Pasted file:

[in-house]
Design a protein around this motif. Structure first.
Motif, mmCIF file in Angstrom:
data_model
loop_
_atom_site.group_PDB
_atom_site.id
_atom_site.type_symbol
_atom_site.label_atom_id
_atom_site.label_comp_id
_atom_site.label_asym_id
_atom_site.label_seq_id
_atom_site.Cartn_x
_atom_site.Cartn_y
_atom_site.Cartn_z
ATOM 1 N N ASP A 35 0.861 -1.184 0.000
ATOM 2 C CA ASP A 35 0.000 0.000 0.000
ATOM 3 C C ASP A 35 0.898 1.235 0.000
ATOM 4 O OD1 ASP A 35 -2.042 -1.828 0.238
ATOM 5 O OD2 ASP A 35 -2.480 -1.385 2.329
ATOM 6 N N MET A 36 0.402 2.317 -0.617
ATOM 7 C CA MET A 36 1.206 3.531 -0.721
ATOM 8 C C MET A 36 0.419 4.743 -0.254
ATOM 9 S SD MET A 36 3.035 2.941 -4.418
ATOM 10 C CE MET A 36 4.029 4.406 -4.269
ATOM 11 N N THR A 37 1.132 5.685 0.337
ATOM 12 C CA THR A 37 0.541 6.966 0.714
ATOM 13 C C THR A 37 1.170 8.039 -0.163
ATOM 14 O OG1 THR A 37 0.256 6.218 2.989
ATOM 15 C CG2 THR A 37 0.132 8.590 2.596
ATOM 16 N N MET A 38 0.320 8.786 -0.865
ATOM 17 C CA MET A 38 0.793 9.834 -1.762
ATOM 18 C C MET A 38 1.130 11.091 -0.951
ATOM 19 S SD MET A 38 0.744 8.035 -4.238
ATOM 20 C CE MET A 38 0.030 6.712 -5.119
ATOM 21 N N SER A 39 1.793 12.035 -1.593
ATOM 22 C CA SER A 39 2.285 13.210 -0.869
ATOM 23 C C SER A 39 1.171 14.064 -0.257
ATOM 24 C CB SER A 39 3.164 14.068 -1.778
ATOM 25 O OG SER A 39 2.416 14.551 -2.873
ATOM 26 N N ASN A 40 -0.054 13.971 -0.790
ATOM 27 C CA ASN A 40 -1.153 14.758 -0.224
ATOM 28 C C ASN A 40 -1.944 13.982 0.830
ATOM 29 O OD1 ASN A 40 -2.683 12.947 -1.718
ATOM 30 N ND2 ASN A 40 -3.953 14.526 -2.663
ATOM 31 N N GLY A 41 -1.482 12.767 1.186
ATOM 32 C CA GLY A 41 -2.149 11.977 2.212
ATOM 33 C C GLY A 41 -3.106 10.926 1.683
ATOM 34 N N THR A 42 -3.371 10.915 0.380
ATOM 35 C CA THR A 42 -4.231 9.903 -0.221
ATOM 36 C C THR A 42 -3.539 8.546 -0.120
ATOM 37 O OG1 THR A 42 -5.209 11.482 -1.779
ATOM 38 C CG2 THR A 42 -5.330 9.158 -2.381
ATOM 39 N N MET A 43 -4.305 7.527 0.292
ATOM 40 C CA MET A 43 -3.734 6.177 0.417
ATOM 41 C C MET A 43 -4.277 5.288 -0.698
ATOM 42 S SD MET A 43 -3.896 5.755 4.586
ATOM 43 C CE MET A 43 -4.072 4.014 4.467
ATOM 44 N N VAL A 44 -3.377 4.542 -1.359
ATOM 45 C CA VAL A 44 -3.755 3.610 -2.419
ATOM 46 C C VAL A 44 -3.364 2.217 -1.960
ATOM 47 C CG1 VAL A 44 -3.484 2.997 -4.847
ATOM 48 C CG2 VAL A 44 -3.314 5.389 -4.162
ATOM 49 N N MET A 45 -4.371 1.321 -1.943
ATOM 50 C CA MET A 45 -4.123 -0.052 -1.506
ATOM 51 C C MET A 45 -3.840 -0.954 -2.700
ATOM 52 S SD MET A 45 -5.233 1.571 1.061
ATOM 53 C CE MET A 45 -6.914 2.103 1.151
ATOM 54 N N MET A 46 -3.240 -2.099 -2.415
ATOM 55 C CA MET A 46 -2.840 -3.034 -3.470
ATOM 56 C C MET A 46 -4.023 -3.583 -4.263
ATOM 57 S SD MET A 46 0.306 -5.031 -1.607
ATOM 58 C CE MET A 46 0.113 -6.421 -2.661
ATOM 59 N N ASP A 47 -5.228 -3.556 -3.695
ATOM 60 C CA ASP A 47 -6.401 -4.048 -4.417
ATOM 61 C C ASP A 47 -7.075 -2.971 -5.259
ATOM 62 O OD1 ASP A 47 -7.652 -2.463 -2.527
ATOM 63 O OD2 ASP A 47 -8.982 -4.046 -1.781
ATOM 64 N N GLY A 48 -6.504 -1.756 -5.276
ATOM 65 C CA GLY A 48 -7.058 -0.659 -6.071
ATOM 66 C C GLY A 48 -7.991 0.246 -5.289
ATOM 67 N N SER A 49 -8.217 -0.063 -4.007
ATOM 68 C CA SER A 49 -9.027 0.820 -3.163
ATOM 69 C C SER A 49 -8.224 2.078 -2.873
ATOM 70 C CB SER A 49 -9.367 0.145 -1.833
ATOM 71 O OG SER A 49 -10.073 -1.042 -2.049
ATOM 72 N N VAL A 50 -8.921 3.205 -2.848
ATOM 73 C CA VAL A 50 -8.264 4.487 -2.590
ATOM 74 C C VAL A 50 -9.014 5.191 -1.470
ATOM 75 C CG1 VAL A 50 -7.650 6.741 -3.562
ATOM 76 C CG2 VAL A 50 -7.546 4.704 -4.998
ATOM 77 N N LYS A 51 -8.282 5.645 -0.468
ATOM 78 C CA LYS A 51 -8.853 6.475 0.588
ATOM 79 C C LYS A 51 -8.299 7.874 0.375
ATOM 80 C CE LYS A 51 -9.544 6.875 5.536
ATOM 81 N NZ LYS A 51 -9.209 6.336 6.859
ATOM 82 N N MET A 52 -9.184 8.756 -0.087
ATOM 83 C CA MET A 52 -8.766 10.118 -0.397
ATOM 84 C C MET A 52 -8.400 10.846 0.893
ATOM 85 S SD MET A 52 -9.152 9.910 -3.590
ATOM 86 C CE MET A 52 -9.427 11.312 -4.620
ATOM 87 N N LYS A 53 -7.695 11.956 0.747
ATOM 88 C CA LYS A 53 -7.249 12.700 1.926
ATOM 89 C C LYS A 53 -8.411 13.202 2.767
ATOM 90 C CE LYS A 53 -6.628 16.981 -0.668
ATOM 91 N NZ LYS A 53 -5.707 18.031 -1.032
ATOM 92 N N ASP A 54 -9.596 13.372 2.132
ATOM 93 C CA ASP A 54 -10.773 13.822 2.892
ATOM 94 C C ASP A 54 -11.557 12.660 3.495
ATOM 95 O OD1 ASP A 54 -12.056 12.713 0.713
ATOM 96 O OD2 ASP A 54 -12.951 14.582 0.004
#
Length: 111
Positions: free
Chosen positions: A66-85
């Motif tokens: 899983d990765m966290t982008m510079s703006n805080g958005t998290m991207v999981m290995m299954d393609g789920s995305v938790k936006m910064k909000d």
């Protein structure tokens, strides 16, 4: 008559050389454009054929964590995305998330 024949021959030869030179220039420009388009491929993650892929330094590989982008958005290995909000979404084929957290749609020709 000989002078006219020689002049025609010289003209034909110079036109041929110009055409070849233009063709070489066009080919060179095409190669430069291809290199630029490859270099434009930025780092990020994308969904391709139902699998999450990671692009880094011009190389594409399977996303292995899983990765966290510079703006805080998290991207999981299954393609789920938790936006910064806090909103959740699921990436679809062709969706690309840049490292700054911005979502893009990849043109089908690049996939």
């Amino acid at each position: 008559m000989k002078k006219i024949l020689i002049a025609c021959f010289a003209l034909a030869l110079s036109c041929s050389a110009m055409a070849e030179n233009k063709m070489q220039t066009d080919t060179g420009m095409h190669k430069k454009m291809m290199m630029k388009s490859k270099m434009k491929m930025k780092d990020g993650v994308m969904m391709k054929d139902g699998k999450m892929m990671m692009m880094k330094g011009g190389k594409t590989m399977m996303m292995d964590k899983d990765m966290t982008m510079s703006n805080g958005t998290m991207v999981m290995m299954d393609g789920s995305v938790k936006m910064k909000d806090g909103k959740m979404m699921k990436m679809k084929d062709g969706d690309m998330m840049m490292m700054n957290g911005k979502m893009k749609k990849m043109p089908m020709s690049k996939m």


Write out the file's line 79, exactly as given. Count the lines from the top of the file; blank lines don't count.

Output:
ATOM 64 N N GLY A 48 -6.504 -1.756 -5.276